UK drivers spent 115 hours stuck in traffic last year
The country loses £6.9 billion each year as a result of people being stuck in traffic, according to new research.
UK road commuters lost an average of 115 hours stuck in traffic last year, which cost the £894 individually, traffic analyst Inrix said.
London was found to be the most congested city, with 149 hours lost per driver during peak periods in 2019.
It was ranked eighth in the world for traffic jams.
Belfast was the UK’s second-worst city for hold-ups at 112 hours per driver, followed by Bristol (103 hours), Edinburgh (98 hours) and Manchester (92 hours).
Trevor Reed, transportation analyst at Inrix, said London suffers from having ‘very little road space and a whole lot of demand’.
He said: ‘You have very severe congestion and a massive, relatively high earning population.
‘UK cities are quite a bit older and a lot denser than American cities. London is over 2,000 years old.
‘When you develop around walking, and horse and buggy, and everything but cars, the urban environment does not handle (cars) all that well.
Cardiff saw the biggest year-on-year growth in congestion (up 5% to 87 hours).
Mr Reed added: ‘You can reach a tipping point with a city. You add just enough cars to make nothing work.
‘Sometimes you add one or two per cent more cars, and it causes a viscous cycle of congestion to set in.’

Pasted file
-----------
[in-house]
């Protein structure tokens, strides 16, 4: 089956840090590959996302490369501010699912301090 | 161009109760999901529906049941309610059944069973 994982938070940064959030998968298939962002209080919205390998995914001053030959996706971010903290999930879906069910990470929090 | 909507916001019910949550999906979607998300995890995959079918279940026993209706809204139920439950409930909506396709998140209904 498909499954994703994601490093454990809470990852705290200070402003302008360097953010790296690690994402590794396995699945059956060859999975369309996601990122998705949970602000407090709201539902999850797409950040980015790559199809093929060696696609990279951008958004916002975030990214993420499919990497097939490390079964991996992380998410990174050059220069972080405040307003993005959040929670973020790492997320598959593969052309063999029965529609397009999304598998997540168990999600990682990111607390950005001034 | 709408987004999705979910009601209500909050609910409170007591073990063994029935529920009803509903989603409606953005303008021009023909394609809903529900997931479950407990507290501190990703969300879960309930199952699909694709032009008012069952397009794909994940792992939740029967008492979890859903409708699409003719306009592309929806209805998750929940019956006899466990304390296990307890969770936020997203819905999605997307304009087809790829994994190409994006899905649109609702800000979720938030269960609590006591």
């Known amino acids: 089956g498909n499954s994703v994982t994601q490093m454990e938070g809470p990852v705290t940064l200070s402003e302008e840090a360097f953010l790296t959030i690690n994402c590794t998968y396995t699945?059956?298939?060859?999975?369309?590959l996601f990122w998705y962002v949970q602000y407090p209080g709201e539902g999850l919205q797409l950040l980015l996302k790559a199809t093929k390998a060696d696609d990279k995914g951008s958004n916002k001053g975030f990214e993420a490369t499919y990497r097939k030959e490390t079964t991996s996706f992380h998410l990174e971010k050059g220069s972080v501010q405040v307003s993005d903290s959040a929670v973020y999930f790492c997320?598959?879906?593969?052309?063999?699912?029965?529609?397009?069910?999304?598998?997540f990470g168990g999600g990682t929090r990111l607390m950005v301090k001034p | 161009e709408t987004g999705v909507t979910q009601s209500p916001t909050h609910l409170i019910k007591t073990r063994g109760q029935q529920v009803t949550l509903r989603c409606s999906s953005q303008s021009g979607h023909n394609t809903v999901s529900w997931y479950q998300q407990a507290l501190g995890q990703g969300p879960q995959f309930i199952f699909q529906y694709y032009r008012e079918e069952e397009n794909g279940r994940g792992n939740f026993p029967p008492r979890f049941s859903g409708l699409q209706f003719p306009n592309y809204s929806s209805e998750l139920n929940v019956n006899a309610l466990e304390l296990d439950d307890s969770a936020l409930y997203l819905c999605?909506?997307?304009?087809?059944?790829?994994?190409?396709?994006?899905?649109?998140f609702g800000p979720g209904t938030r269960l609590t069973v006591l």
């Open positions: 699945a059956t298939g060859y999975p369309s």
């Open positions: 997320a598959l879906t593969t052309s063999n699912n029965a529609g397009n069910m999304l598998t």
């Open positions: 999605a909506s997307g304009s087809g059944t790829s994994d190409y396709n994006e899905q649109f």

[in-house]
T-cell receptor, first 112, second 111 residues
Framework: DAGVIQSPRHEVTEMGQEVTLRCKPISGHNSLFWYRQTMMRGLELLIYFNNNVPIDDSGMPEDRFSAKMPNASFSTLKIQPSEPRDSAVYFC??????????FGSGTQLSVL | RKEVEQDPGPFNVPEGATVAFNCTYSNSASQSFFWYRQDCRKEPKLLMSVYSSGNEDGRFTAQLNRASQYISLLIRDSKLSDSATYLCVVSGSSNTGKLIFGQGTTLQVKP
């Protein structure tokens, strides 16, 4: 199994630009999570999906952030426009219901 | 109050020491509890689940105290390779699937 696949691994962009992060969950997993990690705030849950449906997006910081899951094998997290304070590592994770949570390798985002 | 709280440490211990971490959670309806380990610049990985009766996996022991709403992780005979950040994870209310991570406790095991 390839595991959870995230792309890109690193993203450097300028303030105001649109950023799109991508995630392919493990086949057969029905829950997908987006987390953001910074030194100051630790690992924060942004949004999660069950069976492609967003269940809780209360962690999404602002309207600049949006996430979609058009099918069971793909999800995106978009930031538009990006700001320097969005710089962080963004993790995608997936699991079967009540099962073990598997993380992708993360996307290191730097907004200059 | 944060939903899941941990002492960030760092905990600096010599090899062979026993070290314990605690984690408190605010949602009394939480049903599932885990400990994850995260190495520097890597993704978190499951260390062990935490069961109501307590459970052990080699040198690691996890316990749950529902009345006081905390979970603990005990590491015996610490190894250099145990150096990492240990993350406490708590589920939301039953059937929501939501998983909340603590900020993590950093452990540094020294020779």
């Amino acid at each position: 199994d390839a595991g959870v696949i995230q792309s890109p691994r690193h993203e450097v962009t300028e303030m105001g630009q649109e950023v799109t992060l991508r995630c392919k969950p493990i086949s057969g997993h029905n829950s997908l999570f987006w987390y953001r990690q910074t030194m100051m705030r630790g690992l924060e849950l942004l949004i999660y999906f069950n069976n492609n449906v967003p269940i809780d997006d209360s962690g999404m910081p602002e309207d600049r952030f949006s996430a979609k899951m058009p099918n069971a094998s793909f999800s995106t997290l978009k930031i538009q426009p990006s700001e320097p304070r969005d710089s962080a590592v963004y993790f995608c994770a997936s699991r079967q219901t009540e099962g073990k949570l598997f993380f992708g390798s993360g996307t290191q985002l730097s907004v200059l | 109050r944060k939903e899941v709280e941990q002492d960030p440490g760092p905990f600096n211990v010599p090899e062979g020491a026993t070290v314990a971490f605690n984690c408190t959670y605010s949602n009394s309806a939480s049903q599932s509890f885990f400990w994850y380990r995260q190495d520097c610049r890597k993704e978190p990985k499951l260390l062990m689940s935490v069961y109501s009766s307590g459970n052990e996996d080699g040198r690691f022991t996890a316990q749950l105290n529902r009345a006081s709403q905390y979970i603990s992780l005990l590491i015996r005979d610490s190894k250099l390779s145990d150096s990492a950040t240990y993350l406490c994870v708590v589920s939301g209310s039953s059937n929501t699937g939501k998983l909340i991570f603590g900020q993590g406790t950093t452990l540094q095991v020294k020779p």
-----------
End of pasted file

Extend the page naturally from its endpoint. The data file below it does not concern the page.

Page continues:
Nottingham’s congestion decreased by 17% to 78 hours, which was the biggest drop in the UK top 10.
The A404/A501 from Edgware Road to Old Street in London is the UK’s most congested corridor, with commuters losing 44 hours last year.
Outside the capital, the A38 in Birmingham caused the biggest delays at 32 hours.
London and Edinburgh tie for the title of the UK’s slowest city, with the average speed of the final mile of a journey just 10mph.
A Department for Transport spokeswoman said: ‘This Government is determined to improve journeys for all motorists, which is why we’re investing nearly £29 billion to reduce congestion on our roads up to 2025.
‘Looking to the future, our £2.5 billion Transforming Cities Fund will help develop innovative public transport projects, while the tripling of our investment per head in cycling and walking since 2010 is encouraging people to try other ways of getting around – helping create less congested towns and cities.’